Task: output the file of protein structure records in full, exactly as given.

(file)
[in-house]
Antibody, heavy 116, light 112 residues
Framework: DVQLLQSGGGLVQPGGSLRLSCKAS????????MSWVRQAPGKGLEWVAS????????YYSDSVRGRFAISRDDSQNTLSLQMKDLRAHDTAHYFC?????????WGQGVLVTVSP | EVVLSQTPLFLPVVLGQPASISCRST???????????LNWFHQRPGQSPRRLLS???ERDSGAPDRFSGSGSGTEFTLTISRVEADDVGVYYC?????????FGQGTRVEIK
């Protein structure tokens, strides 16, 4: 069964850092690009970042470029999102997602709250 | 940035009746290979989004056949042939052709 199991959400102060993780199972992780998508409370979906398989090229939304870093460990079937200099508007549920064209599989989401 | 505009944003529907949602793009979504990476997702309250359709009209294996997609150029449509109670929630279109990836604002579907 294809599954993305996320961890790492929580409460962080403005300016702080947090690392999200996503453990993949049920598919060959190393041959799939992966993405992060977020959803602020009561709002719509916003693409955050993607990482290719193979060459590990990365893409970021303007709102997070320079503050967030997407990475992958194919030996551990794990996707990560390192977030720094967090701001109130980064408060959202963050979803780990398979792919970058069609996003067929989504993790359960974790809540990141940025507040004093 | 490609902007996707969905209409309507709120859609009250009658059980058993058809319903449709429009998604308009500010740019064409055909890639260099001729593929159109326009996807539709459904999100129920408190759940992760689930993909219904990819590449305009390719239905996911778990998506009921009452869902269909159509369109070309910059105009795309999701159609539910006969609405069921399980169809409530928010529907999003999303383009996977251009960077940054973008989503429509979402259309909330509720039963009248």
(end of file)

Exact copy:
[in-house]
Antibody, heavy 116, light 112 residues
Framework: DVQLLQSGGGLVQPGGSLRLSCKAS????????MSWVRQAPGKGLEWVAS????????YYSDSVRGRFAISRDDSQNTLSLQMKDLRAHDTAHYFC?????????WGQGVLVTVSP | EVVLSQTPLFLPVVLGQPASISCRST???????????LNWFHQRPGQSPRRLLS???ERDSGAPDRFSGSGSGTEFTLTISRVEADDVGVYYC?????????FGQGTRVEIK
């Protein structure tokens, strides 16, 4: 069964850092690009970042470029999102997602709250 | 940035009746290979989004056949042939052709 199991959400102060993780199972992780998508409370979906398989090229939304870093460990079937200099508007549920064209599989989401 | 505009944003529907949602793009979504990476997702309250359709009209294996997609150029449509109670929630279109990836604002579907 294809599954993305996320961890790492929580409460962080403005300016702080947090690392999200996503453990993949049920598919060959190393041959799939992966993405992060977020959803602020009561709002719509916003693409955050993607990482290719193979060459590990990365893409970021303007709102997070320079503050967030997407990475992958194919030996551990794990996707990560390192977030720094967090701001109130980064408060959202963050979803780990398979792919970058069609996003067929989504993790359960974790809540990141940025507040004093 | 490609902007996707969905209409309507709120859609009250009658059980058993058809319903449709429009998604308009500010740019064409055909890639260099001729593929159109326009996807539709459904999100129920408190759940992760689930993909219904990819590449305009390719239905996911778990998506009921009452869902269909159509369109070309910059105009795309999701159609539910006969609405069921399980169809409530928010529907999003999303383009996977251009960077940054973008989503429509979402259309909330509720039963009248």